He thinks to himself, If I were to commit suicide, it wouldn't be by drowning. He finds it difficult to breathe. Salt clings to his forehead, wishing to slide against moisturized skin. The water is green. He continues to imagine spilling algae filled water up his nose, viscous green crawling between eyelids clasped shut. His hair is not wet. He knows that the water can find his heart and squeeze it tightly, a Venus flytrap snapping firmly. He wonders, Would my heart collapse under that pressure? The water is hot. A thick film of steam tints his glasses grey. The poison his woman put in the bath works swiftly; he can no longer see clearly.
His woman hums softly in the kitchen. It is where she belongs. He calls it her place, her special place. Her belly is round and protruding uncomfortably into the stove. With a scream, she looks down to see a white scar bubbling with puss. She pours a glass filled with iced water over her stomach. Her cries of relief do not lower in pitch or intensity from her whimpers of pain. The condensation around her glass sticks to her muddy fingers.
I have been planning to rid my home of these two pestering people since I was six. The fat woman who drove me here had rolls of lard pouring over the seat belt. I imagined them as loaves of bread stuffed beneath her hideous dress splattered with geometric shapes. Blue obtuse triangles collided with orange rhomboids that intersected the edges of green and brown circular spirals. The print was not symmetrical as it draped along her bulbous body, but I doubt it could have ever been symmetrical. She had a face that matched her dress. I believe that her skull must have been disfigured during the long trip through pelvic bones, maternal hips crushing her soft cranial bones. There could be no other explanation for its flawed design, its innate ugliness. I wanted to rip that cloth off her skin and devour every piece of warm, soft bread. I felt the urge to take her head like a piece of dough and mold it properly, beautifully. Instead, I sat beside her, hands on my lap.
When we got to the house, the fat lady let me ring the doorbell.
He enjoys baths late in the evening, two hours after dinner. He soaks his emaciated body in salted water. The mineral bath pulls tension out of stiff muscles. This bath, however, is unlike the others. Because he cannot breathe with regularity, he dreams that he is dying. He used to tell me, If things get so bad that even a bath can't make you feel better, you might as well just give up. Just close your eyes and give up. Do ya hear me, boy? You listening to me, boy? I would nod and reply, Yes, sir.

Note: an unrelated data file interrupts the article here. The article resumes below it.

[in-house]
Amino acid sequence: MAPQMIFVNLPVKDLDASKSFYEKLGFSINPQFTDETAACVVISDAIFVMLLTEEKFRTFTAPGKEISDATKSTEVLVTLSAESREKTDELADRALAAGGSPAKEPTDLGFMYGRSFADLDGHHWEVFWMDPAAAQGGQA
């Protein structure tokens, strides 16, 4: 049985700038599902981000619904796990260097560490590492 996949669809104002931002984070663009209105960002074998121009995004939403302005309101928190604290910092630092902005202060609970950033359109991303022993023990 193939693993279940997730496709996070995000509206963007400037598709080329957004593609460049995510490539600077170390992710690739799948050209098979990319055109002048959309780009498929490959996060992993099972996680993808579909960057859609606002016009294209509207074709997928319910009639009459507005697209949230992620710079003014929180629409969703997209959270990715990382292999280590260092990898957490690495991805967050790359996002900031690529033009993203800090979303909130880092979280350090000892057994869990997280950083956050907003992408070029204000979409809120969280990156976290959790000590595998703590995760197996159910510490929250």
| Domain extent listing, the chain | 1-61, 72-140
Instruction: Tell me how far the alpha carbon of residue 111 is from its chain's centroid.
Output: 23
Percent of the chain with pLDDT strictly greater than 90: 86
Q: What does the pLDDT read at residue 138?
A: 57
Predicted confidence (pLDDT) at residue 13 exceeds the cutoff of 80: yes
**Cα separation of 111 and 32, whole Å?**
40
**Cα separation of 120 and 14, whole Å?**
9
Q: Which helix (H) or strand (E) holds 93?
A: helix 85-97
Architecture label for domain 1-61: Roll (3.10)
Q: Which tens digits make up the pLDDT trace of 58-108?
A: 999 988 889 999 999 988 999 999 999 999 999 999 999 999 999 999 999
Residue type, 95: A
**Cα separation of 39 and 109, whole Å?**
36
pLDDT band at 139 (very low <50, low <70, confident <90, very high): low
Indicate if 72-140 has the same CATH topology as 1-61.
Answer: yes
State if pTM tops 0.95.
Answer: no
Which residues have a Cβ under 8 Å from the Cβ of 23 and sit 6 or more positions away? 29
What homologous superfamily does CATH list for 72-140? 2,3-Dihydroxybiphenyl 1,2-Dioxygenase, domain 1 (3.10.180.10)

From my room, I can hear him struggling. Two closed doors and a hallway separate us. I know that he isn't dying, but he's making himself give up. Victory is watching someone else wane of his own volition.
Listening to him is like appreciating an opera. I know that the characters will fall, one by one. I try to smile but cry instead.
His woman is pregnant again. She has had five miscarriages. Her body is too fragile to bear the weight of a fetus. By the fourth month, she always manages to flush bloody waste out of her vagina. The first time, he cried in the hospital waiting room. For just one moment, one evanescent second, he looked at me as if he wanted to touch me, to hold me as if I were his son. The second time, he cried even more. He would not even meet my eyes pleading for acceptance. By the third time, she did not even go to the hospital. She sat on the toilet and pushed. Afterwards, he stroked her hair and fondled her naked body. I could hear muffled cries asking him to stop.
Curiosity drew me out of my bedroom. I caught glimpses of her throwing clumps of blood around the bathroom, her palms stopping periodically to smear the waste along her body. He cleaned it off with his tongue. When she stood up, he wrapped his hands around her throat, forcing her to turn around. He fucked her, and she was silent, his hand imprinting anger on her neck. When he finished, his cock was painted a brilliant red. He turned on the bath water and emptied a container of green mineral salts into the tub.
I dreamt variations of that scene for months. Every morning, ashamed, I would change my sheets.
When the woman screams, I can hear his body jolt up from the water submerging him. I move from the bed to the door to eavesdrop with more accuracy.
You all right?
Yes, sir. You stay in the bathtub. I just burned myself a tad. Nothing to worry about.
Yes. I'm fine. It hurts, but I'm fine. Just fine.
Did you hurt the baby?
No sir. I think it's fine. I mean, I think she's fine. Not it. I didn't say it.
I said she. I said she.
Did you say it?
When I was six, I packed my backpack with clothes, books, and sixty-eight dollars and ninety-five cents. I left home to live in the art museum I had visited on a fieldtrip. When I returned to the house from that fieldtrip, I gathered every map in the house and began plotting my escape. Ten days later, when the fat lady took me back, she asked why I had run away. I calmly explained, The museum is filled with beautiful things. My house has nothing beautiful, nothing noteworthy, nothing extraordinary in it. I want all of those things. I want to be able to hold, touch, and manipulate that beauty. She replied, Sweetie, do you know what you're saying or you just repeatin' somethin' you heard in a movie? I could smell chocolate on her tongue.